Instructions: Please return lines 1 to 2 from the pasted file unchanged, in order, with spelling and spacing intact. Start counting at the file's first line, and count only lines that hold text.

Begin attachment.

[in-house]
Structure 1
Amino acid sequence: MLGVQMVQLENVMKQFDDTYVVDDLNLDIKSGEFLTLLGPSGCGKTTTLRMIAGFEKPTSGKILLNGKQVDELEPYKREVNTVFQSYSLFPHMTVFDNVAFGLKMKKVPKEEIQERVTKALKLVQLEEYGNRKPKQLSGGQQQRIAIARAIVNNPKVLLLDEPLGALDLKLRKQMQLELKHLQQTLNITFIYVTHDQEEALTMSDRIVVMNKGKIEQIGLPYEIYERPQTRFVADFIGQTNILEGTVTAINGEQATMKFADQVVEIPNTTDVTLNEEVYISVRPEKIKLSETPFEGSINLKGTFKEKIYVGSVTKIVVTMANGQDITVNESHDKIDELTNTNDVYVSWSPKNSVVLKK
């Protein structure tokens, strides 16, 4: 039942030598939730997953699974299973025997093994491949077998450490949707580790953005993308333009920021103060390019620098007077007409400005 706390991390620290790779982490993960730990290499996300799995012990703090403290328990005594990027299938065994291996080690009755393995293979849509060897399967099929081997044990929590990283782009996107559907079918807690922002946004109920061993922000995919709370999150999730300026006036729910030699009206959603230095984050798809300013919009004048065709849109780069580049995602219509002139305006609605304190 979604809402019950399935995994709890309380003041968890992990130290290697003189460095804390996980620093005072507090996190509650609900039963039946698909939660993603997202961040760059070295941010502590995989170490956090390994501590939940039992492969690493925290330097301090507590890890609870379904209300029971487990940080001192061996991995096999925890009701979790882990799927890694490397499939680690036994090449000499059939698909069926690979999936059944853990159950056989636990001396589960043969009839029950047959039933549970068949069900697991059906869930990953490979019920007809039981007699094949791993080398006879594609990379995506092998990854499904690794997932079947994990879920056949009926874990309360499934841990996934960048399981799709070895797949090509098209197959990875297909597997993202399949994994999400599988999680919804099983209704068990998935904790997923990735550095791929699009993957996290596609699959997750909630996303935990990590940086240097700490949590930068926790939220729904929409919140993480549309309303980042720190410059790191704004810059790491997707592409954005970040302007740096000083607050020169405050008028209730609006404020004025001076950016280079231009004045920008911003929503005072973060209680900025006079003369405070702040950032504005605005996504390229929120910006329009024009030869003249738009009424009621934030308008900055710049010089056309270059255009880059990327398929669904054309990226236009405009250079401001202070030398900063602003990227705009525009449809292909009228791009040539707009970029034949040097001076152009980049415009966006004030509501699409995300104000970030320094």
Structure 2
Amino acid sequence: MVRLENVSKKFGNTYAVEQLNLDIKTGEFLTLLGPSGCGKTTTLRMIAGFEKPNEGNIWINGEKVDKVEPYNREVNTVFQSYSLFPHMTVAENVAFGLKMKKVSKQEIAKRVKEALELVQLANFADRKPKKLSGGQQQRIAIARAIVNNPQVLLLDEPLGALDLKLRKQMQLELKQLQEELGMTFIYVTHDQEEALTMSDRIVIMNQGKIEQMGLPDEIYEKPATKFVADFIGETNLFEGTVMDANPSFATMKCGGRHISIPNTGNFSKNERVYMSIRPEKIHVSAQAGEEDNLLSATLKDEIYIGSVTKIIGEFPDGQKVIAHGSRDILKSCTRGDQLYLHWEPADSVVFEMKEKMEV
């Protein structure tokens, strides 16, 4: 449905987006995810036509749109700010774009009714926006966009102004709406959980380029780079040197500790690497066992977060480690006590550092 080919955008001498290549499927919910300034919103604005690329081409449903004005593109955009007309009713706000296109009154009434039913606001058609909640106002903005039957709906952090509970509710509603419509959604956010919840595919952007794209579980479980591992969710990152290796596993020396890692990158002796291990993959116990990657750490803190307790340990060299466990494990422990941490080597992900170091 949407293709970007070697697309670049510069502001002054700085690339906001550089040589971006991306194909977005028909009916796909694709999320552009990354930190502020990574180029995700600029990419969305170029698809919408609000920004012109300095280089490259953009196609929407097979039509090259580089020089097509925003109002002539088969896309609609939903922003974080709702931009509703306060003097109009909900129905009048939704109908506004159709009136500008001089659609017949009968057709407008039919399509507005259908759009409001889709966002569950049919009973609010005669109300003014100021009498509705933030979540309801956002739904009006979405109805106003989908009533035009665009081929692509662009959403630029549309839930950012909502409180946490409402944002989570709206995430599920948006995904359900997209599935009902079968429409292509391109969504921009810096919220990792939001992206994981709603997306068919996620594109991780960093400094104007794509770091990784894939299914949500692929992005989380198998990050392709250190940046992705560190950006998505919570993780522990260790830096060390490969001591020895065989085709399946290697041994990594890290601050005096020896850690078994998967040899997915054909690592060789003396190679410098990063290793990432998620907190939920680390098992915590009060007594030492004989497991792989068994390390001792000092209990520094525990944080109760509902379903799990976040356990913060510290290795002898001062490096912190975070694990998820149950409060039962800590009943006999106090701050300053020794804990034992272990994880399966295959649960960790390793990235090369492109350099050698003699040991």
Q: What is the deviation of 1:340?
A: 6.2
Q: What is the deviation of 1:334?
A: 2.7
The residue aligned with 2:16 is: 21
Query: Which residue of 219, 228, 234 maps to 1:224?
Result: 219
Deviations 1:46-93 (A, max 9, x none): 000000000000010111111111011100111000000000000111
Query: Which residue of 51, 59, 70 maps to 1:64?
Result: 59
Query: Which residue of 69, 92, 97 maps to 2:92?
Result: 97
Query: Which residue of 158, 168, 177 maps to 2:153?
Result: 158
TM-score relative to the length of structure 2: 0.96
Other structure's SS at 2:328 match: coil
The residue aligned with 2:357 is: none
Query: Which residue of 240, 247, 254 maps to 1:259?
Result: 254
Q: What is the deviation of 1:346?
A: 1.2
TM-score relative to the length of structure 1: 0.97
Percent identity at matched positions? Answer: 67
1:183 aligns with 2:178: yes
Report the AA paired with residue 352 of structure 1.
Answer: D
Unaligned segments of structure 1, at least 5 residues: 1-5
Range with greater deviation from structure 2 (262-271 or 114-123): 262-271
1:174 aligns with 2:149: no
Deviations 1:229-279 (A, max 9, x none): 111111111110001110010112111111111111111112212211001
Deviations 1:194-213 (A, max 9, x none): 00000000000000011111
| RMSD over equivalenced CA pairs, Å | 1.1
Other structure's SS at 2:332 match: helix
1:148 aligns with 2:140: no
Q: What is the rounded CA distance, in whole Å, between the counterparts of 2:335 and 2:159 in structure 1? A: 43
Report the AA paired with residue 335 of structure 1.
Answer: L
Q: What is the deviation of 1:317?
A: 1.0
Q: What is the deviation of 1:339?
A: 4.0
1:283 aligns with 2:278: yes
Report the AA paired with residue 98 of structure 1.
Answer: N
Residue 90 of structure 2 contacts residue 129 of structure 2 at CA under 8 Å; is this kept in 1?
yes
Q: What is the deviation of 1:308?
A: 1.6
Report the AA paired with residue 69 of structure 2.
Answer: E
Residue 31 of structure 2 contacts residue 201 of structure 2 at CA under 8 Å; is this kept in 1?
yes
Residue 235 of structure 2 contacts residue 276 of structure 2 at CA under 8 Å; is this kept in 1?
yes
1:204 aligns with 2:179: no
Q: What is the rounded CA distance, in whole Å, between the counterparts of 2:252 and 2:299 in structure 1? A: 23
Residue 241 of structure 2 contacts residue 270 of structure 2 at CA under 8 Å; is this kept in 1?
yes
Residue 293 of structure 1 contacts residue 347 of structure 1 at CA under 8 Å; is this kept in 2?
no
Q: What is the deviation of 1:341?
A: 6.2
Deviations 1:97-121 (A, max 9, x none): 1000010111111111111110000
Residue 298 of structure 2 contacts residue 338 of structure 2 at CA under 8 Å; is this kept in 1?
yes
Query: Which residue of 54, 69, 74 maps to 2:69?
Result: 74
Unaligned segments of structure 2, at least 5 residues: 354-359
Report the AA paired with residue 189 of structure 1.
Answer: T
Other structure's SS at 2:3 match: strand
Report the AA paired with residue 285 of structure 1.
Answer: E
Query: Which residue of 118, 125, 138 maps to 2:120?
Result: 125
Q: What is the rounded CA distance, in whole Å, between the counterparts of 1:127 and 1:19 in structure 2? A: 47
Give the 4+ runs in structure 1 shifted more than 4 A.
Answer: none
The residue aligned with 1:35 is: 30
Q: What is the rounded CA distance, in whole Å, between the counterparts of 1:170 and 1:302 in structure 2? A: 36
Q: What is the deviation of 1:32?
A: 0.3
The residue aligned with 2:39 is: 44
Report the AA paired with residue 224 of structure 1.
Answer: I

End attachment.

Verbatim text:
[in-house]
Structure 1